It's the programmers with ego who are the problem. Those are the ones that'll cram Markdown in every application because "it's better" without bothering to find out why it's better, or whether anybody else thinks it's better.



  • @dkf Supposedly, UI's designed by engineers can lead to death by interface poisoning


  • Discourse touched me in a no-no place

    @blakeyrat said in After reading some UX stuff on Medium:

    Programmers can do UX as long as they assume they're really shitty at UX.

    This contradicts what I wrote how?

    What's more, that's as nothing to how bad UIs for scientific instruments get (GIS isn't delivering the goods for me right now; my google-fu is running out). The users — following rather a lot of training — think things are good, but having watched them, they're floundering terribly. I'm not going to tell them what a pile of mess they're in, as we've not the budget for fixing it, but I see it and die a little inside every time.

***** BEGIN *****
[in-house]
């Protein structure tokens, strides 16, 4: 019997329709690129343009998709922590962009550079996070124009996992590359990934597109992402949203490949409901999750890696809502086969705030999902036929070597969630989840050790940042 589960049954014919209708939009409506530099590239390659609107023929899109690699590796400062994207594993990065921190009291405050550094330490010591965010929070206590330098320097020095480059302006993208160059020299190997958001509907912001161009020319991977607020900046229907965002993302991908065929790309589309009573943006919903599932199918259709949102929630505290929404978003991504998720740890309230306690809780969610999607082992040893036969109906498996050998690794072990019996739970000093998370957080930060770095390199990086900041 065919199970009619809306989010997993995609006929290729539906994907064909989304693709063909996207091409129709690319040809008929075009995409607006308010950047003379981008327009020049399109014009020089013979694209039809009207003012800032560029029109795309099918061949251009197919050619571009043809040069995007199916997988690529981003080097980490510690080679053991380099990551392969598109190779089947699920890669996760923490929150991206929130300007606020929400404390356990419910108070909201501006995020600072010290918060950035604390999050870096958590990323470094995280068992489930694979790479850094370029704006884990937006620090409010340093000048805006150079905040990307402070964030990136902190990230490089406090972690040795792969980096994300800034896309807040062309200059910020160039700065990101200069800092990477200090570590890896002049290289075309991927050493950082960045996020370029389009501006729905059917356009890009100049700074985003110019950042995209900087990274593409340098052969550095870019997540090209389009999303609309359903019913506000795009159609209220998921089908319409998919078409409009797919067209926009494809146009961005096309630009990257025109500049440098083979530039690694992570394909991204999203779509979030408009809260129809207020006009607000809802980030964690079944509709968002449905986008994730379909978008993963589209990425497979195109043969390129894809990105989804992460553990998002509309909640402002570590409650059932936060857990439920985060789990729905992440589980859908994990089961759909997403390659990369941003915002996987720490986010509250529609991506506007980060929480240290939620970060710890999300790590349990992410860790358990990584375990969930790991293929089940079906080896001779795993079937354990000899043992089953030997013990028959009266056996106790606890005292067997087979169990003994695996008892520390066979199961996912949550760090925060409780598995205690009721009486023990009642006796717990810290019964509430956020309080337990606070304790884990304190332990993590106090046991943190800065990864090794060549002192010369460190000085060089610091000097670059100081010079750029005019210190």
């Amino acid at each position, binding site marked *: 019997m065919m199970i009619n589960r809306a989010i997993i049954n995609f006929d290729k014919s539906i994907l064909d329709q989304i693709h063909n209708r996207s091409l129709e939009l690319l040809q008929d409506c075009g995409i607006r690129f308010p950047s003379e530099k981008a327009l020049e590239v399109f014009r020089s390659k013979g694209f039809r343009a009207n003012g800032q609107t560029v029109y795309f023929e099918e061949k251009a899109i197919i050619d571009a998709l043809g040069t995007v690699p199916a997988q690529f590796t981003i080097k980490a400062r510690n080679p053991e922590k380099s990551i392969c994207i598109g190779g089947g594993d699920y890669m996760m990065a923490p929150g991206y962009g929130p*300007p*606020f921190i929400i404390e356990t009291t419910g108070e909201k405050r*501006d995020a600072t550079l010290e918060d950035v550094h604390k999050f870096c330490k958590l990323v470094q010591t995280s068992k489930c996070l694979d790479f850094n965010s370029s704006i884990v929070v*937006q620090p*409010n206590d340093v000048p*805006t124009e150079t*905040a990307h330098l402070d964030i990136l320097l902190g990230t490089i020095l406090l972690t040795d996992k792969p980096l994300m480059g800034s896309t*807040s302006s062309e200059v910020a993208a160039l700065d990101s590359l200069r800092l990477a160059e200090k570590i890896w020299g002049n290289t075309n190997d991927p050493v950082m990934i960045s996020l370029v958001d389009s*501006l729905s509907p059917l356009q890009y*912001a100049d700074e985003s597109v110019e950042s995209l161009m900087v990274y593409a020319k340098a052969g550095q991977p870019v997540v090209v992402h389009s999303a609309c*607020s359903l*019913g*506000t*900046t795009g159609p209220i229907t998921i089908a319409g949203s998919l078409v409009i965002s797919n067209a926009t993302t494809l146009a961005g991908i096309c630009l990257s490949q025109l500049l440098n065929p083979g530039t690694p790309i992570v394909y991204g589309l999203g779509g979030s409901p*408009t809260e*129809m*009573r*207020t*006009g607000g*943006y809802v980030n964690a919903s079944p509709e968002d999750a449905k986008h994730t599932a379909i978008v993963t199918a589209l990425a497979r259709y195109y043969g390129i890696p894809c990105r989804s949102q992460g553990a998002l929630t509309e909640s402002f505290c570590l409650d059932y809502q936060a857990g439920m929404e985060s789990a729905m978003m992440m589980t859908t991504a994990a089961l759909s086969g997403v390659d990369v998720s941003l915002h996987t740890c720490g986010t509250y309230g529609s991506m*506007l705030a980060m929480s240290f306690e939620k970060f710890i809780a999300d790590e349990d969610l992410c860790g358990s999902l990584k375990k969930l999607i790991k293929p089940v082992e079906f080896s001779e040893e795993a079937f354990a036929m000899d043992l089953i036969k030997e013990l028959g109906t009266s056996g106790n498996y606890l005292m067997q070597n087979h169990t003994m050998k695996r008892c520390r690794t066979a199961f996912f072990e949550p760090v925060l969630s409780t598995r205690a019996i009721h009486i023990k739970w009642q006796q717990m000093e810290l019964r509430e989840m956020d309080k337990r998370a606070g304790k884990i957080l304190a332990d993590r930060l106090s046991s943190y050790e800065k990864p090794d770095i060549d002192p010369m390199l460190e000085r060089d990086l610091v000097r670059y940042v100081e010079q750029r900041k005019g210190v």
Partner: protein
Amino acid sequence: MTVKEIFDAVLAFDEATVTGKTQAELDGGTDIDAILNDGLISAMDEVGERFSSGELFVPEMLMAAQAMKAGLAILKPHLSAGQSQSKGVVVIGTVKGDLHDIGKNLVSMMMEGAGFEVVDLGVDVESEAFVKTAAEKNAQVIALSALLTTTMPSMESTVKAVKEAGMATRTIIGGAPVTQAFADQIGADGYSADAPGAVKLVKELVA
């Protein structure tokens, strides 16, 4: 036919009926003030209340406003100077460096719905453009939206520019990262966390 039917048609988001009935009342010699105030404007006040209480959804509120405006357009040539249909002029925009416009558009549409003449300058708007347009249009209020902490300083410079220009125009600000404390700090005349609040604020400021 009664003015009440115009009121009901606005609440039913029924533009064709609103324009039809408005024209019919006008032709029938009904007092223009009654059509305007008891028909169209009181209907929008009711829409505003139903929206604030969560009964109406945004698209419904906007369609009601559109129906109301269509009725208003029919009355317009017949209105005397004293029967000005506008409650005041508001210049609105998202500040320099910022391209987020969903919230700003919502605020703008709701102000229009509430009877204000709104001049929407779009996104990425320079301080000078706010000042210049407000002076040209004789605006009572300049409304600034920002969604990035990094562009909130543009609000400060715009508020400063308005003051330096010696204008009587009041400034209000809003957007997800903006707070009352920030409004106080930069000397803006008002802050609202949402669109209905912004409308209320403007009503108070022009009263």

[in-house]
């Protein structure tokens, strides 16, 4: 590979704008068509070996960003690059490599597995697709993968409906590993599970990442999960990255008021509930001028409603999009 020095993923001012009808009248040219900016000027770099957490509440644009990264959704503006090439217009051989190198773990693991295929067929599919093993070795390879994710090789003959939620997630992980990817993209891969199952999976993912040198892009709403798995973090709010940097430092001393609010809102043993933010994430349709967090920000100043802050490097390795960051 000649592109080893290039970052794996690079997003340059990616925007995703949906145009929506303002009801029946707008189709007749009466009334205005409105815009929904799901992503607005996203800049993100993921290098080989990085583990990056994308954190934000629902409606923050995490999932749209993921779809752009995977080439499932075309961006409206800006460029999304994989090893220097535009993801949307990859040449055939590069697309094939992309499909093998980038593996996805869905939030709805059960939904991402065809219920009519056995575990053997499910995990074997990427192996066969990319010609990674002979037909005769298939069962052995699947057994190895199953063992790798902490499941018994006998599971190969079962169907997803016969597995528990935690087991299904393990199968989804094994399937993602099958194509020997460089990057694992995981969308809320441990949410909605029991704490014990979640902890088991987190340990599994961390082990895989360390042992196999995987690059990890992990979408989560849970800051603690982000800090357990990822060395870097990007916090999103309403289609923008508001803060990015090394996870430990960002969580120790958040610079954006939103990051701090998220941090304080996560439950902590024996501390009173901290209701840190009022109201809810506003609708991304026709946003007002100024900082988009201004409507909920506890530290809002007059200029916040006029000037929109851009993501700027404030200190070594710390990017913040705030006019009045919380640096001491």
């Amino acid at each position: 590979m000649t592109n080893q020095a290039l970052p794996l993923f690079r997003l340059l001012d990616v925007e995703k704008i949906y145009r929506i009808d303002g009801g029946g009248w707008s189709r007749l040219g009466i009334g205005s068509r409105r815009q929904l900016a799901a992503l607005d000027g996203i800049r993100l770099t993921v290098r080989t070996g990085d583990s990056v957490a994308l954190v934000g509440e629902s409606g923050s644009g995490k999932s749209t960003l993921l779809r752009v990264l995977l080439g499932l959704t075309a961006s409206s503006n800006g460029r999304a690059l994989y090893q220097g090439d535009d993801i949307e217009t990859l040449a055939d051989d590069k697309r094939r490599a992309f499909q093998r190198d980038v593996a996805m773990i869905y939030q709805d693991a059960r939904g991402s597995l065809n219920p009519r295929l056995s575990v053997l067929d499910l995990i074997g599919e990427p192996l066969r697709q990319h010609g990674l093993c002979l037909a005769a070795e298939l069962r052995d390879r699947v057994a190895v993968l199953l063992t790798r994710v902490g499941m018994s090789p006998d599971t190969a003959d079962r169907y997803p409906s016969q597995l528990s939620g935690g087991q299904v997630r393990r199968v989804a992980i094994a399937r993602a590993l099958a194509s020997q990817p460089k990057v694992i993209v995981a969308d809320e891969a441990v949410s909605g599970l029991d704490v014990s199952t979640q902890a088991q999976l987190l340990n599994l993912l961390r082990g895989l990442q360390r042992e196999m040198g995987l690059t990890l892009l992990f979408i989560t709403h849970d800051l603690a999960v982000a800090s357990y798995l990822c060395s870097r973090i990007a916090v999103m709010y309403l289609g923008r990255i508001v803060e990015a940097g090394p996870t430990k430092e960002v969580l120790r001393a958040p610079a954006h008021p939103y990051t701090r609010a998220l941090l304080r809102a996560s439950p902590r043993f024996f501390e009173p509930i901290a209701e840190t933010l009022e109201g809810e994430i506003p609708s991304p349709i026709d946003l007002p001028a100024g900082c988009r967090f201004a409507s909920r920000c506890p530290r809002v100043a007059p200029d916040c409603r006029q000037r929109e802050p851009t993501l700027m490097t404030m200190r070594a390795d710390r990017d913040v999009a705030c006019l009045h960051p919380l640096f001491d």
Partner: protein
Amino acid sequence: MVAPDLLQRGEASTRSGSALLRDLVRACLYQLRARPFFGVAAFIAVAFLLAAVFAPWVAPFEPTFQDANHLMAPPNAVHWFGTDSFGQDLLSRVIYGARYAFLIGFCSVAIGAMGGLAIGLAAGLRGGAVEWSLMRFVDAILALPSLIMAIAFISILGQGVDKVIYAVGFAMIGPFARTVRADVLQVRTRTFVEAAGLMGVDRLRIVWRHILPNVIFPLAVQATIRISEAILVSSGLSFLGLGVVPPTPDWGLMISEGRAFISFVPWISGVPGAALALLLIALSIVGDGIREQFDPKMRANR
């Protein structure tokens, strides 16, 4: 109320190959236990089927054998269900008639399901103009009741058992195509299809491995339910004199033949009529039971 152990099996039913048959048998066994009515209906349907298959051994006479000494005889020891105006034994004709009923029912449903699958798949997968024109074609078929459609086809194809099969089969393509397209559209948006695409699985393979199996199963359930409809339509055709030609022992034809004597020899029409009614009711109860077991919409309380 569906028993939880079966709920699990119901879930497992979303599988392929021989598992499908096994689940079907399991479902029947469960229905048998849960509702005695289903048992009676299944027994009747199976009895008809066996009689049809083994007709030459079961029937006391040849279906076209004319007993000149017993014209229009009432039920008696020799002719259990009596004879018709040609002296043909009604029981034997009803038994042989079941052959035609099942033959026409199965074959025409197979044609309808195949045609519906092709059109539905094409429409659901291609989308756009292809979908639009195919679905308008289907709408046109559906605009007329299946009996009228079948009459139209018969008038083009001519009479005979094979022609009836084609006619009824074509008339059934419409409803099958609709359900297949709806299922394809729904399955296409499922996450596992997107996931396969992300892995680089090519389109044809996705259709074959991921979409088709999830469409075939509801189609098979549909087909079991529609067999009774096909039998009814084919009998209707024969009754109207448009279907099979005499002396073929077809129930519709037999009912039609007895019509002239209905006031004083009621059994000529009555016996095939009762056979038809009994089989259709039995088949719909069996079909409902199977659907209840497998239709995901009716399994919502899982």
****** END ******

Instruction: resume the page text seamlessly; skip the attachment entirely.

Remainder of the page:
The software in question (at least with our instruments) is usually not open source and runs on Windows. You can lead a vendor to water, but they'll still shovel crap at you until you drown them for the good of humanity…



  • @dkf said in After reading some UX stuff on Medium:

    This contradicts what I wrote how?

    It doesn't...?



  • @dkf that looks a lot like our UI, which was designed by lawyers.


  • Discourse touched me in a no-no place

    Hmm, it looks like there are literally no pictures online of the UI for programming one of these suckers:

    Be glad. It's abysmal eye cancer. (The robot itself is cool beans though.)


  • I survived the hour long Uno hand

    UX is a whole discipline, encompassing but not limited to UI design. The difference between UI and UX is like the difference between Universal Studios and Disney World: at Disney, every aspect of your stay is controlled so you never see anything out of character, behind the scenes, or otherwise immersion-breaking.